Of the eighteen people to be included in the album, I was able to execute new portraits of twelve. My grandfather and one of my cousins have passed away in recent years, and four others were unavailable. For each of these I chose to use the most recent formal portrait I could find. For my grandfather, the last portrait that was made of him individually; for one cousin his wedding portrait; for another his senior portrait; and for the other three I was able to use portraits I made last year. Obviously these six did not have the same attributes of the other twelve, but they did have the most important: each was a formal, individual, portrait with a certain weight to it. Those that were in color I converted to black and white, so that there was a flow to them.

The Snapshots

My task was now down to collecting and scanning 99 photos (18×4 + 9×3). Luckily I have good access to the bulk of our family archives, and it only took me two weeks to identify and scan about 70 or 80 of that number. For the rest I identified exactly who I still needed the most photos of, and then asked around for pictures of that person. In at least a couple of cases I was able to pull photos off Facebook, and in all the rest other family members came through for me.

The Family Tree

Being the family genealogist in my father’s family, I already have my own personal data entered into an excellent, simple, and free program – Legacy Family Tree. It was the work of a matter of hours to enter the information on the rest of my mom’s family, and then I was able to use the program’s automatic features to create image files that could be combined to create one that spans six generations. That graphic I just dropped into one of the blank 12×12 files.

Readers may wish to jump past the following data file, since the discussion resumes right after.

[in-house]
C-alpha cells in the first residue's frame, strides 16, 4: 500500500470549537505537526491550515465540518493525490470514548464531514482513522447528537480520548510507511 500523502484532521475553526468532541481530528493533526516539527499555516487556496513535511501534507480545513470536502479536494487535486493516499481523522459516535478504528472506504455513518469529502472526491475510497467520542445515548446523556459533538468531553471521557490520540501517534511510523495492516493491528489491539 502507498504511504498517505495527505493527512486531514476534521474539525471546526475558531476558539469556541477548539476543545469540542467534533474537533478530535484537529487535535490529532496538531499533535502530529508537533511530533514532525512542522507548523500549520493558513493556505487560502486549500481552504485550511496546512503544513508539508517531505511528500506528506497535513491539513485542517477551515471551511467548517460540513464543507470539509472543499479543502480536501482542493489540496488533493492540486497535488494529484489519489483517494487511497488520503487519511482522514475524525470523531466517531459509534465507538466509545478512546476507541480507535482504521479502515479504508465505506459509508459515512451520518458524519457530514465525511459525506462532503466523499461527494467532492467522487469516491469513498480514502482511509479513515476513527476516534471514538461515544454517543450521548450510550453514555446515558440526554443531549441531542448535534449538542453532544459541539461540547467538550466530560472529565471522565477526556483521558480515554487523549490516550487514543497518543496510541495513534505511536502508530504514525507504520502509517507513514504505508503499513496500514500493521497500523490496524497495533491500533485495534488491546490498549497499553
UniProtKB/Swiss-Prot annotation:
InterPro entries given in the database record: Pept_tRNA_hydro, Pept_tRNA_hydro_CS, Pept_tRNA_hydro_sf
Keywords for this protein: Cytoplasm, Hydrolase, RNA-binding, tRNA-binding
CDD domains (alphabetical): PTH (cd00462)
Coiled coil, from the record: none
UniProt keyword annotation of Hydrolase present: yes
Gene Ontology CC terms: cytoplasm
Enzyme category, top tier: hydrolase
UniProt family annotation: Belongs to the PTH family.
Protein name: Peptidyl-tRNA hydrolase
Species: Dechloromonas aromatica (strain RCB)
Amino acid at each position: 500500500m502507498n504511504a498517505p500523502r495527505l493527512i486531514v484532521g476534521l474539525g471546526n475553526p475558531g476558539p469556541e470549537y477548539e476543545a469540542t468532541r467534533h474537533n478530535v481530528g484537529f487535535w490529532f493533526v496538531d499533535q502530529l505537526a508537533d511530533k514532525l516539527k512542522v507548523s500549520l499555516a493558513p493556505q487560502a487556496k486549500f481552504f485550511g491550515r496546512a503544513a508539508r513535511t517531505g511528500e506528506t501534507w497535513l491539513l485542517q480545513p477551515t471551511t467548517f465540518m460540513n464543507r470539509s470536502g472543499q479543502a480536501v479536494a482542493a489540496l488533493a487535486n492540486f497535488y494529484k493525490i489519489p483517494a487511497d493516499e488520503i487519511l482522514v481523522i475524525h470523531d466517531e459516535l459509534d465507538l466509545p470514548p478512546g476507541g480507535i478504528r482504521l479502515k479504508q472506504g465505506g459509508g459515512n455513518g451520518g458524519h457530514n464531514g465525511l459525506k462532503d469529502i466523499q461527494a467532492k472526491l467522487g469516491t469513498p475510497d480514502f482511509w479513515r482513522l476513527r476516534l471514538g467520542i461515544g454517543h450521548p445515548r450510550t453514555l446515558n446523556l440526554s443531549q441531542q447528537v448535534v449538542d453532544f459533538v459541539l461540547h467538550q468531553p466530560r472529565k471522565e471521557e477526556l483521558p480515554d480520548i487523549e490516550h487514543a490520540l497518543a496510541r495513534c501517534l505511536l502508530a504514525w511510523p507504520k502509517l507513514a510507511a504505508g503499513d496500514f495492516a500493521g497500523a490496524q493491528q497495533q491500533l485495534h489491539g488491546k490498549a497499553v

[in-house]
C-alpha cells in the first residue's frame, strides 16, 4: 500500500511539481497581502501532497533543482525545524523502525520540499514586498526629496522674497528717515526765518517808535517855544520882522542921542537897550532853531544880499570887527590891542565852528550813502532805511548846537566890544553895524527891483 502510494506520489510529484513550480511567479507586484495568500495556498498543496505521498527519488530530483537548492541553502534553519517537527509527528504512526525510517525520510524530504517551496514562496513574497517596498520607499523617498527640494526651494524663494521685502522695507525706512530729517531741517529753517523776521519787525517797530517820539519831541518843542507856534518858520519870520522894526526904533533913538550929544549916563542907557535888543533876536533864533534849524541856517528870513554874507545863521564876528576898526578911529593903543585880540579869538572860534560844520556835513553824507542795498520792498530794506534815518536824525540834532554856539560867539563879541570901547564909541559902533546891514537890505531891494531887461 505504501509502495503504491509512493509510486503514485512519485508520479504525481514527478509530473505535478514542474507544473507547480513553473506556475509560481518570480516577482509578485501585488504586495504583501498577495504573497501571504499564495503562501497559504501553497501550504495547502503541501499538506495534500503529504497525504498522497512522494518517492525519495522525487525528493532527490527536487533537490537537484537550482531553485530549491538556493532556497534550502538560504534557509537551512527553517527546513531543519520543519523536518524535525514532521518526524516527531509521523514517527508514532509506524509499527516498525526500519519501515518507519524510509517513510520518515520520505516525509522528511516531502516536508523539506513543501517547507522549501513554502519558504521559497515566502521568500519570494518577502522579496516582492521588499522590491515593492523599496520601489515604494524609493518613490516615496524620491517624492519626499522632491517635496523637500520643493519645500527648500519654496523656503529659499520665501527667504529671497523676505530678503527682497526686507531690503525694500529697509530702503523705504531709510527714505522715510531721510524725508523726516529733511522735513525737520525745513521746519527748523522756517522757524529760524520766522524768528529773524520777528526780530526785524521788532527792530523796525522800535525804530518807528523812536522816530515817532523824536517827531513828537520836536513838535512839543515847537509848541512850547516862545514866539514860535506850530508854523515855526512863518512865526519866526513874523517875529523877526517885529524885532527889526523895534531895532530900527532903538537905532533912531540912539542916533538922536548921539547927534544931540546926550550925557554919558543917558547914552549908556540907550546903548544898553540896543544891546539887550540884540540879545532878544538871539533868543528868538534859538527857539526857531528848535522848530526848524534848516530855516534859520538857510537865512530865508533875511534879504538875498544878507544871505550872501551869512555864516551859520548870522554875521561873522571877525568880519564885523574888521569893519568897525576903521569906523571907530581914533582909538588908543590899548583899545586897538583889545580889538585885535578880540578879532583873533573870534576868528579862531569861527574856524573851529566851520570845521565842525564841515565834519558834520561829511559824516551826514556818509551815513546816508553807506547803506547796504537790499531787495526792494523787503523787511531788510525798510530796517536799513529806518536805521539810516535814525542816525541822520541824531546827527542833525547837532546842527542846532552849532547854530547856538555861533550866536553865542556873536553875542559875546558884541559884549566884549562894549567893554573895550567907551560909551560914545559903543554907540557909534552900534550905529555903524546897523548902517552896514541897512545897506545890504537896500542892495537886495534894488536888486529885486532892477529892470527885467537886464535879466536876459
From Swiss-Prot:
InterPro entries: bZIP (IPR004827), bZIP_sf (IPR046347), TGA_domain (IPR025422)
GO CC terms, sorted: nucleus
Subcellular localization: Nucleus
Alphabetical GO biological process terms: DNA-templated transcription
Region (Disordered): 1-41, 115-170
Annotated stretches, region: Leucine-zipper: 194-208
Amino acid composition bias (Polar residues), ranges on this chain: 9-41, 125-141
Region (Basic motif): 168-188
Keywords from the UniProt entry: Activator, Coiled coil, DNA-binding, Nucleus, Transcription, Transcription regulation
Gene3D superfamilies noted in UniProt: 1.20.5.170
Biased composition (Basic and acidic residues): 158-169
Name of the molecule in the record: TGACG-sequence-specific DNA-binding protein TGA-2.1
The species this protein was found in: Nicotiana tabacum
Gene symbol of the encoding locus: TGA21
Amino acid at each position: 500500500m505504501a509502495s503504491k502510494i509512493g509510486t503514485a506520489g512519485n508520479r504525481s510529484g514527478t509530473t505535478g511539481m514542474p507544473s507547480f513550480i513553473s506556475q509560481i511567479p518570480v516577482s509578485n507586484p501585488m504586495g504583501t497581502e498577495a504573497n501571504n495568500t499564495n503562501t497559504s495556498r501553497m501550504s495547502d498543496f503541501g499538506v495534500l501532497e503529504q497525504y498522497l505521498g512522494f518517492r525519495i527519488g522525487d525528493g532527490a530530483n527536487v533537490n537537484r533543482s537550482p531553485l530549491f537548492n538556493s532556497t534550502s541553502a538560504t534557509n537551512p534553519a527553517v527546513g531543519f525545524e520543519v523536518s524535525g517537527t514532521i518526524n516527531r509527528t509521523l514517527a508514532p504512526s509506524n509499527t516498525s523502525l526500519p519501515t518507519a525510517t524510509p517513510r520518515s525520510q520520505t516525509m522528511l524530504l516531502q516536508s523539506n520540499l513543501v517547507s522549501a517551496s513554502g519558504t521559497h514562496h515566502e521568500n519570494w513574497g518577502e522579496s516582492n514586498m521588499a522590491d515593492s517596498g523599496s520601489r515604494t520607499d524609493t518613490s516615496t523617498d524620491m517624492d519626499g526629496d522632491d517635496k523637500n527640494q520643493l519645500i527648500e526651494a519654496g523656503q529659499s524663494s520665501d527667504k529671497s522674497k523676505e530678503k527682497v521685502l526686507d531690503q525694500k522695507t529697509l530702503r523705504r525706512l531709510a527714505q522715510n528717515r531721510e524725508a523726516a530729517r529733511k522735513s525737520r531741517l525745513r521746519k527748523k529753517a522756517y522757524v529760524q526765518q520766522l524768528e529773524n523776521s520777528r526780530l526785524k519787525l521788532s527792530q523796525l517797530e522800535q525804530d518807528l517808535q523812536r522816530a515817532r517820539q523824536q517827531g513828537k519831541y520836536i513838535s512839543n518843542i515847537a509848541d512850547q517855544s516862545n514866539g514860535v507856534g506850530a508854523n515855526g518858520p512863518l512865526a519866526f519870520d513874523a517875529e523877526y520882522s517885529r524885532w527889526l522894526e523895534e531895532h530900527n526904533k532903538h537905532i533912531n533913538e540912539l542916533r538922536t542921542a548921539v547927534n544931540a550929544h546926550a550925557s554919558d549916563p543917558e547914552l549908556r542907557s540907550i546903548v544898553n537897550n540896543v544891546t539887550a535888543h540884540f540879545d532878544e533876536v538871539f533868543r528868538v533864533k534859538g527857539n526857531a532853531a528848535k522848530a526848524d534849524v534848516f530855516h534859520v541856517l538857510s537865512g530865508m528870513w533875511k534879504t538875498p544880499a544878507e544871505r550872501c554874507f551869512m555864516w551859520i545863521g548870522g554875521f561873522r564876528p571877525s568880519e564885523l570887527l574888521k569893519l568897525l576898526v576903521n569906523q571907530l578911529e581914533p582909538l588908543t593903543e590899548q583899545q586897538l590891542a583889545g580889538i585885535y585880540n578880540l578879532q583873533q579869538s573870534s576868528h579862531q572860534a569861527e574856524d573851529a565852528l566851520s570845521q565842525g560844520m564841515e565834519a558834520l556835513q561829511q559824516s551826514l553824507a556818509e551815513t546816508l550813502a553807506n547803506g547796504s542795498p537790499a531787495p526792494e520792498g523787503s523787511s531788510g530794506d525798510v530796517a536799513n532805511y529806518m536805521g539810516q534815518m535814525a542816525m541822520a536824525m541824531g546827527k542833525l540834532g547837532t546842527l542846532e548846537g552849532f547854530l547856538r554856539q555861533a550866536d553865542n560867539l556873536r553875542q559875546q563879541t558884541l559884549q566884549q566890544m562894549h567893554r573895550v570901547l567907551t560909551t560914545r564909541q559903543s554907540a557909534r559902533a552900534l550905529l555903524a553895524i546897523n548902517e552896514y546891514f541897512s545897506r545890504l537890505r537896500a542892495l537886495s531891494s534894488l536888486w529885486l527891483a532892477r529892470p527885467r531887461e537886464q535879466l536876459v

For the actual printing and binding, I used a service I’ve used before and that I can’t recommend highly enough – SharedInk. Specifically, I utilized their Professional Photographers service. But if you’re not a pro there are plenty of resources for you. SharedInk has a non-professional service; some other photo book publishers include Blurb, Snapfish, PhotoWorks, and MyPublisher. With some of these you can upload your own file layouts like I did; with some you can only upload your jpegs and use their pre-set layouts. Depending on your preference, you’ll want to check on your options before deciding on a publisher. And of course if you are a pro, I do recommend making the investment to joining SharedInk’s professional program – they offer a generous trial period so check it out.

Once I had my files uploaded to SharedInk’s site, it was a matter of choosing the cover (black linen), setting up a title (I went with a simple “The Adams Family” in silver – though I could also have uploaded another file to use for an inlaid photo), and ordering the book. Less than two weeks later it was in my hands.

The Benefit

As a family, we have thousands of photographs – I expect if you come from a large and close-knit family you know exactly what I mean. But there is a real difference in knowing these photos are lying in boxes in the closet, or even collected in loose albums in the bookcase – and having a bound book printed with beautiful photos from the life of your family.

If you have any big events coming up, or even if you’ve just been trying to decide on the perfect meaningful Christmas gift this year, I really recommend you give some thought to creating your own published family album.


~ by David Cupp on October 25, 2009.

One Response to “Creating a Family Album”

  1. Hello David:
    First I heard about the album & pics to be presented to Wonderful, sweet AUNT PHALA…yes, she was a HUGH and influential part of my life. I spent many, many happy times at her home growing up; even after moving w/family to Houston,Texas. WISH I HAD KNOWN about the album..I was around in the early days, long before you came into being..Aunt Phala has many, many extended family who cherished her then and now, wish I could have been a part of those memories. I love her dearly.
    Carol Ann Henderson Young
    Sugarland, Texas